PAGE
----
How Piwik PRO recognizes visitors

Although Piwik PRO is mainly used to see combined data of large numbers, each of those numbers consists of single visitors who have to be recorded by Piwik PRO on their first visit and recognized later when they come back. Piwik PRO implements three different methods to achieve that. The methods are organized in a hierarchy and a lower method is only used when a higher one is not present. Let’s review them from the highest to the lowest.


Piwik PRO will first check if the visitor has a UserID assigned. The UserID feature allows you to send a customizable information regarding visitor to your Piwik instance. The easiest example is sending Username or email address of your logged in users to Piwik. To achieve that the best solution is to use Piwik PRO Tag Manager and let it do all the work. You can find the exact instructions on how to implement the UserID feature here:

Modify the tracking code


If Piwik PRO won’t find the UserID parameter it will look for a cookie (first-party cookie, alternatively third-party cookie) with the VisitorID in it. The cookie is the most popular method for recognizing returning visitor and it works automatically when using Piwik PRO JavaScript tracking code. Provided that your visitor accepts cookies you don’t have to worry about anything.


Should the cookie method fail (or be disabled), Piwik PRO retracts to checking visitor fingerprint to see if the visitor has already been on our site or not. In order to check fingerprint Piwik considers following data from the database:

config_id: a hash of all the visit's configuration options, including the OS, browser name, browser version, browser language, IP address and all browser plugin information

config_os: a short string identifying the operating system used to make this visit. See Device Detector for more info

config_browser_name: a short string identifying the browser used to make this visit. See Device Detector for more info

config_browser_version: a string identifying the version of the browser used to make this visit

config_resolution: a string identifying the screen resolution the visitor used to make this visit (eg, '1024x768')

config_pdf: whether the visitor's browser can view PDF files or not

config_flash: whether the visitor's browser can view flash files or not

config_java: whether the visitor's browser can run Java or not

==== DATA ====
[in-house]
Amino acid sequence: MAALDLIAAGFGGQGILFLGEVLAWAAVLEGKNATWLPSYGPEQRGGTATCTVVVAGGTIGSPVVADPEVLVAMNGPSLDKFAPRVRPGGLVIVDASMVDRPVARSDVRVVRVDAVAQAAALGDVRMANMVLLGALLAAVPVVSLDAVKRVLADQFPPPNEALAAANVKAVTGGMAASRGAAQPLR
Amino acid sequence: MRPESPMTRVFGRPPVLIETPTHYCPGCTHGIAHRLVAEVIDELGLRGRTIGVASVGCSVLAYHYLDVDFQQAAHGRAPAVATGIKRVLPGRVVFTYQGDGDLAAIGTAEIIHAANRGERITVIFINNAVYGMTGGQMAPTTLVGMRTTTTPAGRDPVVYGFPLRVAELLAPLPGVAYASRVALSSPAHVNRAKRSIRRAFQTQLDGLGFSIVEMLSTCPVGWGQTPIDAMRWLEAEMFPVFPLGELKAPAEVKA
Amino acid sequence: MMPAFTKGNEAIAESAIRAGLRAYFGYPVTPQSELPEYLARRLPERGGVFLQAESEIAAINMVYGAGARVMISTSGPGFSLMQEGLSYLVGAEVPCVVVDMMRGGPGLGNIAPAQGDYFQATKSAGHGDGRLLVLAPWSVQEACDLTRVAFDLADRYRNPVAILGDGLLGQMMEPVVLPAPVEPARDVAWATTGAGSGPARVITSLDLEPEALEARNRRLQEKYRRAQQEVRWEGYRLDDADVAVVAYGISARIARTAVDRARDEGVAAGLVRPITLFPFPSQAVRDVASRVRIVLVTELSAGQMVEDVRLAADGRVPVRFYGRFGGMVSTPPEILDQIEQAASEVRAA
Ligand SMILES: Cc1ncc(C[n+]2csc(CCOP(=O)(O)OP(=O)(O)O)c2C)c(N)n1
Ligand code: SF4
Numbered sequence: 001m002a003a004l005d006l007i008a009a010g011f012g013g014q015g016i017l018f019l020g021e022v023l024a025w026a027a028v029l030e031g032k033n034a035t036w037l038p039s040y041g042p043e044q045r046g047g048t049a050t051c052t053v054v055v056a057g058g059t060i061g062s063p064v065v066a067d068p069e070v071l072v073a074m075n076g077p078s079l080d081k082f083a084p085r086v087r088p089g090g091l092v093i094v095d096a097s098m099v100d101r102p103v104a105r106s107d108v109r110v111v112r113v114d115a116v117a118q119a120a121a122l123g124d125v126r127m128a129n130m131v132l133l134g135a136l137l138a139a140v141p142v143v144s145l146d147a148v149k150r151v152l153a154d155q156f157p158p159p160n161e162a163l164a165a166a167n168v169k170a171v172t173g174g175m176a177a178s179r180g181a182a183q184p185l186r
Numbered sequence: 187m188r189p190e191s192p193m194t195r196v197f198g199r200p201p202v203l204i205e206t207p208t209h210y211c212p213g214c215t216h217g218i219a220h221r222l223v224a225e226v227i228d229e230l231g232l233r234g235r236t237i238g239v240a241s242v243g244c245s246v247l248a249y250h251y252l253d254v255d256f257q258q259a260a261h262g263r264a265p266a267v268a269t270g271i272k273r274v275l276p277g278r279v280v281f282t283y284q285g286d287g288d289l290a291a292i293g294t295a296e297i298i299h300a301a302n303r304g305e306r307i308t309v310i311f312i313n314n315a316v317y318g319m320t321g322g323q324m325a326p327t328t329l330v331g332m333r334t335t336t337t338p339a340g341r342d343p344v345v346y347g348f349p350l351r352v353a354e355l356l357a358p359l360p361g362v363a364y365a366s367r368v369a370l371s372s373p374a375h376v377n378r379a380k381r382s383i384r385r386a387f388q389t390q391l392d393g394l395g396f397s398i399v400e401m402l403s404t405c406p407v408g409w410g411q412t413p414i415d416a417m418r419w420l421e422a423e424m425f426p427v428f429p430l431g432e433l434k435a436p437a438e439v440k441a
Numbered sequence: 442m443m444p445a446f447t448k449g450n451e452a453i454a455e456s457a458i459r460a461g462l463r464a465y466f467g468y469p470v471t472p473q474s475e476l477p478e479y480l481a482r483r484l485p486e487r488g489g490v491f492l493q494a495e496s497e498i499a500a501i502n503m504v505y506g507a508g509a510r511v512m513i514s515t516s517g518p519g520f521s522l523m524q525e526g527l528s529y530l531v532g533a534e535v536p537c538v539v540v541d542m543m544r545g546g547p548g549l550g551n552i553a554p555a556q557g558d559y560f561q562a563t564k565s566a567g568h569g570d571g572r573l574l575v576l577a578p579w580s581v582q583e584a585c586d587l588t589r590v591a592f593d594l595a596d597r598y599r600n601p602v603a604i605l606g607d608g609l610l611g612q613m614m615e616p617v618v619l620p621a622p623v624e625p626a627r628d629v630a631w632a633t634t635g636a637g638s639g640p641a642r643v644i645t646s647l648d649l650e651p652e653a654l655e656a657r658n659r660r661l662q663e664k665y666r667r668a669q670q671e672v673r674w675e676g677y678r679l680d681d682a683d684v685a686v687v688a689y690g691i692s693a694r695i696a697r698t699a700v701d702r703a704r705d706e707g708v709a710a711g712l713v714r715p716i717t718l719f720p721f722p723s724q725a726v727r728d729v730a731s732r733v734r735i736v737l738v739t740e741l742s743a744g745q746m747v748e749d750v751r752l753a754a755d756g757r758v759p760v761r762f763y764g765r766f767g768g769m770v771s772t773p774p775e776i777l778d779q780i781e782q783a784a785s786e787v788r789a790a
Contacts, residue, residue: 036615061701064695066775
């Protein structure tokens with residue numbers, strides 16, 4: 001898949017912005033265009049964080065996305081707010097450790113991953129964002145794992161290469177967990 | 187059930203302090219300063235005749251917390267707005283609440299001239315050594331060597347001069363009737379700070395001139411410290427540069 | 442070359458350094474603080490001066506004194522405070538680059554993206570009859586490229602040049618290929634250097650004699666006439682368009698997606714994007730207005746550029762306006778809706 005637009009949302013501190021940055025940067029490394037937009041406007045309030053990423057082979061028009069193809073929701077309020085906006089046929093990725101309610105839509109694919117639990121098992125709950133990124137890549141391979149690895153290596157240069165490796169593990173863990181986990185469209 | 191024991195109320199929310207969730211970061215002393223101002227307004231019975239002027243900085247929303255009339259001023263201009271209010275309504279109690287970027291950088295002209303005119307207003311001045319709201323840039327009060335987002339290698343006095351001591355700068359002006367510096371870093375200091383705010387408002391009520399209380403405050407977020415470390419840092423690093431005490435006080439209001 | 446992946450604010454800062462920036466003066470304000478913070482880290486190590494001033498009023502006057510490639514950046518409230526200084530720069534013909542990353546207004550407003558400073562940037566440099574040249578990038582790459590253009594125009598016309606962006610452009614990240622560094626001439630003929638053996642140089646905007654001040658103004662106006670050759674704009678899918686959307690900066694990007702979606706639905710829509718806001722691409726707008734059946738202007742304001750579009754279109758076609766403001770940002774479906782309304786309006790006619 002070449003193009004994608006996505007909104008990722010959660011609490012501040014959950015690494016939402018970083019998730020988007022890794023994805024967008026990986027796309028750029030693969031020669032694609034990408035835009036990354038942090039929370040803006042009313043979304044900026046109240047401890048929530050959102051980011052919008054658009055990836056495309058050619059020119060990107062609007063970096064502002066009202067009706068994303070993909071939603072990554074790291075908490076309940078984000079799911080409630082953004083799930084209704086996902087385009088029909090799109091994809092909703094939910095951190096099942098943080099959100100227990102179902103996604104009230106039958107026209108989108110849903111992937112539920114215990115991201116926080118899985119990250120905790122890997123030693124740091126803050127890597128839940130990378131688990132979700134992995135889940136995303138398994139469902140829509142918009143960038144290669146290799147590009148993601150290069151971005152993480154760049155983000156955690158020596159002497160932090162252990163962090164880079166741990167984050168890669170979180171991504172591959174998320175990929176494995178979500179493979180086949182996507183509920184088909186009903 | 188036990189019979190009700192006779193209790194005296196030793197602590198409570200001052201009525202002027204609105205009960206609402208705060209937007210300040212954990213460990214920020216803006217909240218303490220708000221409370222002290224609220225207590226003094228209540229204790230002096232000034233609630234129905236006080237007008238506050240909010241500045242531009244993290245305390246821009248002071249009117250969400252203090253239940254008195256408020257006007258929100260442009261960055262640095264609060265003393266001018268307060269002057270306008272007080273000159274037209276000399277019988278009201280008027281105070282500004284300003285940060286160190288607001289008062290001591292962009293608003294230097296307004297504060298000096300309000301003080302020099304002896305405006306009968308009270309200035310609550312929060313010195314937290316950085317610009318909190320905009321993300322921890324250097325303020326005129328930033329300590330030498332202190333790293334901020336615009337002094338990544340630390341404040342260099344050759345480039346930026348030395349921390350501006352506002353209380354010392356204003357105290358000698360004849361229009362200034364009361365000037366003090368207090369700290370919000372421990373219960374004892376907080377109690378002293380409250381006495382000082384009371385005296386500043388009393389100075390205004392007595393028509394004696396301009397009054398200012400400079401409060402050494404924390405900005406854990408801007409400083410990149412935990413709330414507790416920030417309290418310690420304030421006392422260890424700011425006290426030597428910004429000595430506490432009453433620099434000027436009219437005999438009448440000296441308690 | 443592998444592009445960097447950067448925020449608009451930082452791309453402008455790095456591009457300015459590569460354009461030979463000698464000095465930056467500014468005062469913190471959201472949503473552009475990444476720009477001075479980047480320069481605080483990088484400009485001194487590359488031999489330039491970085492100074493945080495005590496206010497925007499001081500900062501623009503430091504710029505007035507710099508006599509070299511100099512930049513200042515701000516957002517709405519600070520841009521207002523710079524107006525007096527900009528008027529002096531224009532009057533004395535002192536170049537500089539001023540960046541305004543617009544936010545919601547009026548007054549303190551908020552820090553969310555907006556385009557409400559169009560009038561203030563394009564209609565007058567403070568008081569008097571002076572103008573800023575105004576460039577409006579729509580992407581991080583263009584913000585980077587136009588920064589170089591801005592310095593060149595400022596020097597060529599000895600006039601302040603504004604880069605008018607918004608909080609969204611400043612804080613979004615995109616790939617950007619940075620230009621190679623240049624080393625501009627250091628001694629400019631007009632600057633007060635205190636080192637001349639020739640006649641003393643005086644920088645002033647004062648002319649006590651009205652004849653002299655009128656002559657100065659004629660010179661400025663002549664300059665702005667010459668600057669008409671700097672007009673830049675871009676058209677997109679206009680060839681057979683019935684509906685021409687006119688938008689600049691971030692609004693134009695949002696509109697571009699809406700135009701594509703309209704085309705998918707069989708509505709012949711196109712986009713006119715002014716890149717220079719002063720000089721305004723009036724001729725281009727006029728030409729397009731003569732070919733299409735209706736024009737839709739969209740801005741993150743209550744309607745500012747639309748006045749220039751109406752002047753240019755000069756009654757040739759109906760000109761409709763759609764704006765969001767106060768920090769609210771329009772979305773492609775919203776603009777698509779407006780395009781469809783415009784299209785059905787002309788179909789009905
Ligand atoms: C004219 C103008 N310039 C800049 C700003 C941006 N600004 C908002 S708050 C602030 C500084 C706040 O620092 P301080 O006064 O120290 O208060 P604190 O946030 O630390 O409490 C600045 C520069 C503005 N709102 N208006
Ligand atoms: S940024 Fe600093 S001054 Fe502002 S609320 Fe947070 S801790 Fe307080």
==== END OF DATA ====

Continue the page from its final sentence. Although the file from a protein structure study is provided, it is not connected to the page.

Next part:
config_quicktime: whether the visitor's browser uses quicktime to play media files or not

config_realplayer: whether the visitor's browser can play realplayer media files or not

config_windowsmedia: whether the visitor's browser uses windows media player to play media files

config_silverlight: whether the visitor's browser can run silverlight programs or not

config_cookie: whether the visitor's browser has cookies enabled or not

If visitor matches the config of one of the previous visitors he will be considered a returning visitor. This method should only be used as a last resort as it is least reliable and may be completely unreliable when a lot of users use the same machine or there are a lot of identical machines used by multiple users.

Additional information

There are a couple of things that you might want to keep in mind regarding mechanisms of marking and recognizing visitors:

  • You can enable a setting in config file called trust_visitor_cookies which will prevent Piwik from trying to use the fingerprint method. This is especially useful for large intranet companies where there are a lot of almost identical computers using the same Internet connection. Contact our support to have this option enabled.
  • By default, 30 minutes after last tracked action of the visitor, a visit is considered finished and next action tracked by the same visitor will start a new visit as a returning visitor. The default time can be altered in the config file.
  • Visitors’ cookies are held for 12 months by default, if no visit will be tracked of such visitor for 12 months, the cookie will expire and he will not be recognized as returning visitor upon his visit.
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